A Python ML package for parallelized hyper-parameter optimization using a validation set (not cross validation).
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A Python machine learning package for grid search hyper-parameter optimization using a validation set (defaults to cross validation when no validation set is available). This package works for Python 2.7+ and Python 3+, for any model (classification and regression), and runs in parallel on all threads on your CPU automatically.

scikit-learn provides a package for grid-search hyper-parameter optimization **using cross-validation** on the training dataset. Unfortunately, cross-validation is impractically slow for large datasets and fails for small datasets due to the lack of data in each class needed to properly train each fold. Instead, we use a constant validation set to optimize hyper-parameters -- the hypopt package makes this fast (distributed on all CPU threads) and easy (one line of code).

hypopt.model_selection.fit_model_with_grid_search supports grid search hyper-parameter optimization when you already have a validation set , eliminating the extra hours of training time required when using cross-validation. However, when no validation set is given, it defaults to using cross-validation on the training set. This allows you to alows use hypopt anytime you need to do hyper-parameter optimization with grid-search, regardless of whether you use a validation set or cross-validation.


Python 2.7, 3.4, 3.5, and 3.6 are supported.

Stable release:

$ pip install hypopt

Developer (unstable) release:

$ pip install git+https://github.com/cgnorthcutt/hypopt.git

To install the codebase (enabling you to make modifications):

$ conda update pip # if you use conda
$ git clone https://github.com/cgnorthcutt/hypopt.git
$ cd hypopt
$ pip install -e .


Basic usage

# Assuming you already have train, test, val sets and a model.
from hypopt import GridSearch
param_grid = [
  {'C': [1, 10, 100], 'kernel': ['linear']},
  {'C': [1, 10, 100], 'gamma': [0.001, 0.0001], 'kernel': ['rbf']},
# Grid-search all parameter combinations using a validation set.
gs = GridSearch(model = SVR(), param_grid = param_grid)
gs.fit(X_train, y_train, X_val, y_val)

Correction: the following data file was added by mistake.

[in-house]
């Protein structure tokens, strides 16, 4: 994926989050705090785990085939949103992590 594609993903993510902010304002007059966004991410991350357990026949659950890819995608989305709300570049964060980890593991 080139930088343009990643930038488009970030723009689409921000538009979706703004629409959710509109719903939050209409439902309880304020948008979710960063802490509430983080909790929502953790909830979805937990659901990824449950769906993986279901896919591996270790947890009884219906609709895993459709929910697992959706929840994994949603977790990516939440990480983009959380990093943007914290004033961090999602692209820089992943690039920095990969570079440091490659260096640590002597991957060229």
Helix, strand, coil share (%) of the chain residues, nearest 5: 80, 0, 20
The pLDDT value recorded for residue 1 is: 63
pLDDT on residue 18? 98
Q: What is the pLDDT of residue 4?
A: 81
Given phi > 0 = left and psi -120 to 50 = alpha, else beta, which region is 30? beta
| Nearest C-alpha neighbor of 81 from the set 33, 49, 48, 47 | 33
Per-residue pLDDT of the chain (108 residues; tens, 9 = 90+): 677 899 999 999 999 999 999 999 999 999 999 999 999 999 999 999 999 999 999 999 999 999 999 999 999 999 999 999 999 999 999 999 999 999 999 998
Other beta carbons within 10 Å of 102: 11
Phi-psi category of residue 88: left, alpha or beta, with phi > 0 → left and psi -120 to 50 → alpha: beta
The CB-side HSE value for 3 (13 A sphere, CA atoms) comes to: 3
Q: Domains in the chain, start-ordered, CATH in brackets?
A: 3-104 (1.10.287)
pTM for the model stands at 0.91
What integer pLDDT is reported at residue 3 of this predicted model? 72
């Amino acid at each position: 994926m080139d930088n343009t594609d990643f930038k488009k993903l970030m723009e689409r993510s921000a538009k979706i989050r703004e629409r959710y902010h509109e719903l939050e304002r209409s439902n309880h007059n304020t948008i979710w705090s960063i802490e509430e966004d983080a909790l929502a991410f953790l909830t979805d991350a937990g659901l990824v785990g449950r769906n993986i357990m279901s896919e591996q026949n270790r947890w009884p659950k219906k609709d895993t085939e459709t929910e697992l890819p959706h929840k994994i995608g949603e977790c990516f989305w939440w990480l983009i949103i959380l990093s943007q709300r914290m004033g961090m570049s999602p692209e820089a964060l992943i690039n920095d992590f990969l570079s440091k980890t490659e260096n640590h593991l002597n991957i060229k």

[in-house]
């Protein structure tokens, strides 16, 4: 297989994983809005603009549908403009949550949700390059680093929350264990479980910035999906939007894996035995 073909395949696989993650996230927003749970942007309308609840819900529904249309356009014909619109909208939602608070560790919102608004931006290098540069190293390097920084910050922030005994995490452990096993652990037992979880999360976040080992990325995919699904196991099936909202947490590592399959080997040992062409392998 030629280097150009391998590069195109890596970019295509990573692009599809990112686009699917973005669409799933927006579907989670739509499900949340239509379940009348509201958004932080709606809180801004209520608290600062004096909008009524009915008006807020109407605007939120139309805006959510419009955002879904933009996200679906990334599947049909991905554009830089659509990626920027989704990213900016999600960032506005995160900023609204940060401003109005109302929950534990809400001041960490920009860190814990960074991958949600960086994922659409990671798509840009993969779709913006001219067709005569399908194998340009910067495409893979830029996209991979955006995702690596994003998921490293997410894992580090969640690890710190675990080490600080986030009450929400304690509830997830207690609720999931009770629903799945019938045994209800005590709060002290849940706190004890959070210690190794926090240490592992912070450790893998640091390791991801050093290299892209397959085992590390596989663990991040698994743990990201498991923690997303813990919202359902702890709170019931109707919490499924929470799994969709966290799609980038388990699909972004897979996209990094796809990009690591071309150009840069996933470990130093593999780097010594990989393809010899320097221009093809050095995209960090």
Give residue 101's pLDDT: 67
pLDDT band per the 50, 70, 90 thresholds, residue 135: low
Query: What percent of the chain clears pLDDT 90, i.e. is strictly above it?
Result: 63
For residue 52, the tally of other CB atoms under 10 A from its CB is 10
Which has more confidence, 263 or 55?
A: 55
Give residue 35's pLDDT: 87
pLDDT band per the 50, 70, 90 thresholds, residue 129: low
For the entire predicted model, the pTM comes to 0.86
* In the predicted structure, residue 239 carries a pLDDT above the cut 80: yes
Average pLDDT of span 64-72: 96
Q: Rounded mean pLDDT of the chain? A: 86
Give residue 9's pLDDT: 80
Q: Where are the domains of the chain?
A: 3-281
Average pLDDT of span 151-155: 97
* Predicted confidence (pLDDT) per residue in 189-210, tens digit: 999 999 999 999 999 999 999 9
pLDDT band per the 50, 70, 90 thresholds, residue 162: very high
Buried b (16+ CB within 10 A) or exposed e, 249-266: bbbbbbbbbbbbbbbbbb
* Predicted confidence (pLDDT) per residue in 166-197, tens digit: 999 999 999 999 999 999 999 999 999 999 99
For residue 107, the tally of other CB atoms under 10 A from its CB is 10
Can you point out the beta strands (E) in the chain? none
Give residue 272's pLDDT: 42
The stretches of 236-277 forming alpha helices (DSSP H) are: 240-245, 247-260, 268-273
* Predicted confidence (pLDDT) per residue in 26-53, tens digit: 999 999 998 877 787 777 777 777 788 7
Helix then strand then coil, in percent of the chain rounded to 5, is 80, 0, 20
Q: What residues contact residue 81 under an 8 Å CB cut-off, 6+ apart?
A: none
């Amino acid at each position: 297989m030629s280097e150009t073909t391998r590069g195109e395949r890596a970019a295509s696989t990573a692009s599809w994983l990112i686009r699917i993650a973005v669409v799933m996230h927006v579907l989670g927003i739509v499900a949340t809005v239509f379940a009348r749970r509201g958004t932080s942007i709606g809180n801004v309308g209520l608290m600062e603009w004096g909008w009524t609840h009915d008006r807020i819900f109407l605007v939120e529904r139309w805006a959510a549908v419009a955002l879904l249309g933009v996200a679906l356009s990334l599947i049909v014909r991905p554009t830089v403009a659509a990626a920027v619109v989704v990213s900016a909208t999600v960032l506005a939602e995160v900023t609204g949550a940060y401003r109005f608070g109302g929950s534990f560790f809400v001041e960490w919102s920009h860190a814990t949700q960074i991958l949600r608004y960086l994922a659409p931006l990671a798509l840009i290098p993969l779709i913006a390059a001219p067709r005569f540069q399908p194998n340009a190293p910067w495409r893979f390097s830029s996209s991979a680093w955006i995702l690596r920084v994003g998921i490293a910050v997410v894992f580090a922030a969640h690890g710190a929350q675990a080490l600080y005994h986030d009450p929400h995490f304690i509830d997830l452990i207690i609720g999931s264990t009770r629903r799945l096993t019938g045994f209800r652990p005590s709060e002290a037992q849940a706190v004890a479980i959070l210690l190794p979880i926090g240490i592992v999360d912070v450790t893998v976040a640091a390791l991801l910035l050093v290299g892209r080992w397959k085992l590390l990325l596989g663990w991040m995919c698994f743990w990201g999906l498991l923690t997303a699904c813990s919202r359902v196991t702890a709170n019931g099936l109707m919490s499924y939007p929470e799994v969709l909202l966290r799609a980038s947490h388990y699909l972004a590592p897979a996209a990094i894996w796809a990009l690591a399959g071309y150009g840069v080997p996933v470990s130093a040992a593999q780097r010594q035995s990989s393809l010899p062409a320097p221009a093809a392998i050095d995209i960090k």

print('Test Score for Optimized Parameters:', gs.score(X_test, y_test))

Choosing the scoring metric to optimize

The default metric is the the model.score() function, so in the previous example SVR().score() is optimized, which defaults to accuracy.

It's easy to use a different scoring metric using the scoring parameter in hypopt.GridSearch.fit():

# This will use f1 score as the scoring metric that you optimize.
gs.fit(X_train, y_train, X_val, y_val, scoring='f1')
  • For classification, hypopt supports these string-named metrics: 'accuracy', 'brier_score_loss', 'average_precision', 'f1', 'f1_micro', 'f1_macro', 'f1_weighted', 'neg_log_loss', 'precision', 'recall', or 'roc_auc'.
  • For regression, hypopt supports: "explained_variance", "neg_mean_absolute_error", "neg_mean_squared_error", "neg_mean_squared_log_error", "neg_median_absolute_error", "r2".

You can also create your own metric your_custom_score_func(y_true, y_pred) by wrapping it into an object using sklearn.metrics.make_scorer like:

from sklearn.metrics import make_scorer
scorer = make_scorer(your_custom_scoring_func)
opt.fit(X_train, y_train, X_val, y_val, scoring=scorer)

Minimal working examples

Other Examples including a working example with MNIST

Use hypopt with any model (PyTorch, Tensorflow, caffe2, scikit-learn, etc.)

All of the features of the hypopt package work with any model. Yes, any model. Feel free to use PyTorch, Tensorflow, caffe2, scikit-learn, mxnet, etc. If you use a scikit-learn model, all hypopt methods will work out-of-the-box. It's also easy to use your favorite model from a non-scikit-learn package, just wrap your model into a Python class that inherets the sklearn.base.BaseEstimator. Here's an example for a generic classifier:

from sklearn.base import BaseEstimator
class YourModel(BaseEstimator): # Inherits sklearn base classifier
    def __init__(self, ):
    def fit(self, X, y, sample_weight = None):
    def predict(self, X):
    def score(self, X, y, sample_weight = None):

    # Inherting BaseEstimator gives you these for free!
    # So if you inherit, there's no need to implement these.
    def get_params(self, deep = True):
    def set_params(self, **params):

PyTorch MNIST CNN Example